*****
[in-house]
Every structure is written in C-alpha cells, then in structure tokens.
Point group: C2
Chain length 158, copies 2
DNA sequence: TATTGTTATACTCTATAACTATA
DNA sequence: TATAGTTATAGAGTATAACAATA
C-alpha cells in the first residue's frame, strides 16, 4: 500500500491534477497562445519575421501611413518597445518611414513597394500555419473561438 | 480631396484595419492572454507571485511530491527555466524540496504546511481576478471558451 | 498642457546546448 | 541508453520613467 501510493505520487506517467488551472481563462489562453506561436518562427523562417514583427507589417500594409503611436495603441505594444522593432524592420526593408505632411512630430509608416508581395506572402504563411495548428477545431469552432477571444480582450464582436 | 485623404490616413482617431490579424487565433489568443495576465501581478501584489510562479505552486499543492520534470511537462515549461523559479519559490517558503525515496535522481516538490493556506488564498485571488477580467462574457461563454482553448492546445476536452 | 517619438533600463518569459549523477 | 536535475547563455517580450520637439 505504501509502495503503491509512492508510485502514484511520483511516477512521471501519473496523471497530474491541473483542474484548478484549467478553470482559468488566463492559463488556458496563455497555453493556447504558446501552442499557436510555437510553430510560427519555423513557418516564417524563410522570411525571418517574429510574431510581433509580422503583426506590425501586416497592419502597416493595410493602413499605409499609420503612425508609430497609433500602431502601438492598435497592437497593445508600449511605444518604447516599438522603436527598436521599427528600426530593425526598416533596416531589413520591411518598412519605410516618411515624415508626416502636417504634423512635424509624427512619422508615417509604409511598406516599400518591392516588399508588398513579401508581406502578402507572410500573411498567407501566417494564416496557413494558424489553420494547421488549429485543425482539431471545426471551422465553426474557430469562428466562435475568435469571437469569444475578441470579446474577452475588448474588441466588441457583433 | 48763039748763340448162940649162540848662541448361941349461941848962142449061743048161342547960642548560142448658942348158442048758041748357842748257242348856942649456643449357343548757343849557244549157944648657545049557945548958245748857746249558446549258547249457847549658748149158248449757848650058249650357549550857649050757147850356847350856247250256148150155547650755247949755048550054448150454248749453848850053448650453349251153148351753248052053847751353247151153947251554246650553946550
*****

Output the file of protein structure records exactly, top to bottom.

[in-house]
Every structure is written in C-alpha cells, then in structure tokens.
Point group: C2
Chain length 158, copies 2
DNA sequence: TATTGTTATACTCTATAACTATA
DNA sequence: TATAGTTATAGAGTATAACAATA
C-alpha cells in the first residue's frame, strides 16, 4: 500500500491534477497562445519575421501611413518597445518611414513597394500555419473561438 | 480631396484595419492572454507571485511530491527555466524540496504546511481576478471558451 | 498642457546546448 | 541508453520613467 501510493505520487506517467488551472481563462489562453506561436518562427523562417514583427507589417500594409503611436495603441505594444522593432524592420526593408505632411512630430509608416508581395506572402504563411495548428477545431469552432477571444480582450464582436 | 485623404490616413482617431490579424487565433489568443495576465501581478501584489510562479505552486499543492520534470511537462515549461523559479519559490517558503525515496535522481516538490493556506488564498485571488477580467462574457461563454482553448492546445476536452 | 517619438533600463518569459549523477 | 536535475547563455517580450520637439 505504501509502495503503491509512492508510485502514484511520483511516477512521471501519473496523471497530474491541473483542474484548478484549467478553470482559468488566463492559463488556458496563455497555453493556447504558446501552442499557436510555437510553430510560427519555423513557418516564417524563410522570411525571418517574429510574431510581433509580422503583426506590425501586416497592419502597416493595410493602413499605409499609420503612425508609430497609433500602431502601438492598435497592437497593445508600449511605444518604447516599438522603436527598436521599427528600426530593425526598416533596416531589413520591411518598412519605410516618411515624415508626416502636417504634423512635424509624427512619422508615417509604409511598406516599400518591392516588399508588398513579401508581406502578402507572410500573411498567407501566417494564416496557413494558424489553420494547421488549429485543425482539431471545426471551422465553426474557430469562428466562435475568435469571437469569444475578441470579446474577452475588448474588441466588441457583433 | 48763039748763340448162940649162540848662541448361941349461941848962142449061743048161342547960642548560142448658942348158442048758041748357842748257242348856942649456643449357343548757343849557244549157944648657545049557945548958245748857746249558446549258547249457847549658748149158248449757848650058249650357549550857649050757147850356847350856247250256148150155547650755247949755048550054448150454248749453848850053448650453349251153148351753248052053847751353247151153947251554246650553946550